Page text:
Beer #400 is Finlandia Strong Sahti. Sahti is a traditional Finnish beer that like Altbier and Kolch has an area designation. It is made with Juniper berries along or instead of hops. Juniper twigs are used for filtering the mesh in a a hand-carved wooden trough called a kuurna. Much like Belgian Lambics, Sahti is also exposed to wild yeast and bacteria. Unlike so many generic third-world pale lagers that are scattered all over the gold and amber chapters of the 1001 Beers You Must Try Before You Die book, or really obscure one-off creations from nano-brewers that are available only in some hellhole in France, Finlandia Sahti Strong is rightfully there – unique and traditional on one hand, widely available throughout its country of origin on the other. So while Finland isn’t the most popular travel destination in the world, it is still relatively easy to get if you or your friends are there or if you trade with someone from there.

a classic in plastic

a classic in plastic

Mia, Stas’ partner, flew to Finland last summer. Having a beergeek as a partner, Mia was given a shopping list of all things Finnish, Leningrad Cowboys and terva excluded. Now Stas has an access to my 1001 beer list, but I’m not sure whether he had a look at my list or just ordered it because he wanted to. He opened the bottle at a group tasting in mid-August, only The Secret Agent and I were 300 kilometers away, in a mud hut desert getaway. Internet connection was fizzy at best and it was only after midnight and hut-tubbing under the starry Arava sky that I saw Dead Swedish Girl’s text, asking me if Finlandia Strong Sahti is in the book – way after the tasting was over. Bummer. As my beer peers sampled this beer, they won’t be motivated to hunt it again. However, soon another text arrived at the desert – the beer came in a PET bottle, and DSG saved us some and took the bottle with him. The evening we returned from the south DSG and his partner – the sweetest person to have sat on our couch and eaten generic crisps while playing with the cats – came over with the 3/4 empty bottle and shared.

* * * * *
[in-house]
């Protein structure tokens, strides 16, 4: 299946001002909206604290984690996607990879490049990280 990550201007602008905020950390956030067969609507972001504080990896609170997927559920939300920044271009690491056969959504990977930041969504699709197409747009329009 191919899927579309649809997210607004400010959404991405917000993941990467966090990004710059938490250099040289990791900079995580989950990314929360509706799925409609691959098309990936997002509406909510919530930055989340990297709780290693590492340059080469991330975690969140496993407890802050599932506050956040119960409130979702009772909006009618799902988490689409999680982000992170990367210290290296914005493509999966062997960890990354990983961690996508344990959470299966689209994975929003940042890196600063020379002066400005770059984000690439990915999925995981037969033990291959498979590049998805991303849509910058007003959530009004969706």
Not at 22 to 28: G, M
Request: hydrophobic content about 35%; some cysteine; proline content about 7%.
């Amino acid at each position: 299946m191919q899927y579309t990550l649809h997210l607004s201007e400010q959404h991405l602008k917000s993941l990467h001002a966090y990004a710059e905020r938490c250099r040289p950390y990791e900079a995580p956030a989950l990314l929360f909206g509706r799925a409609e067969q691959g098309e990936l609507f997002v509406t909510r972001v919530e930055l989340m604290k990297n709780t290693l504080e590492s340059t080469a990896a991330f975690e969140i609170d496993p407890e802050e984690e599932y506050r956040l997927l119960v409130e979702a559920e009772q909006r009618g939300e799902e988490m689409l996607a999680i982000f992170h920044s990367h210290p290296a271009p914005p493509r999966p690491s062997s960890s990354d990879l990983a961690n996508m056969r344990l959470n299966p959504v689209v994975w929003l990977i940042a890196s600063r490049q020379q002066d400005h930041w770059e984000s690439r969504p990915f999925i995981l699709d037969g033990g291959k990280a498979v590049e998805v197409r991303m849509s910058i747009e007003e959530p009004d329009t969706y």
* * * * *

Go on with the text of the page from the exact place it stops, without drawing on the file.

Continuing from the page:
Here are the tasting notes: Please note that oxidation may have occurred; bottle was opened on Wednesday and sampled on Friday, but Dead Swedish Girl said it was still OK. Headless cloudy brown. Pungent fruit syrup and spices, then some phenol in the nose. Estery, sweet, a little honey taste. No carbonation whatsoever, light-to-medium body, a little smoky aftertaste. The 10% abv. are not apparent at all.

Finlandia Strong Sahti is a special beer, but it’s not for its unique production, place of origin or ingredients that I picked it as beer #400 – for me, it demonstrates all that’s awesome about the world of beergeeks, hunters, gatherers, and the people who love us, or at least amused by our passion, or, if you insist, obsession  – taking the extra mile, making an effort, carrying a list, staying alert. Names and nicknames are scattered throughout all my ratebeer and blog entries and I appreciate each and every one of you. THANK YOU ALL for sharing.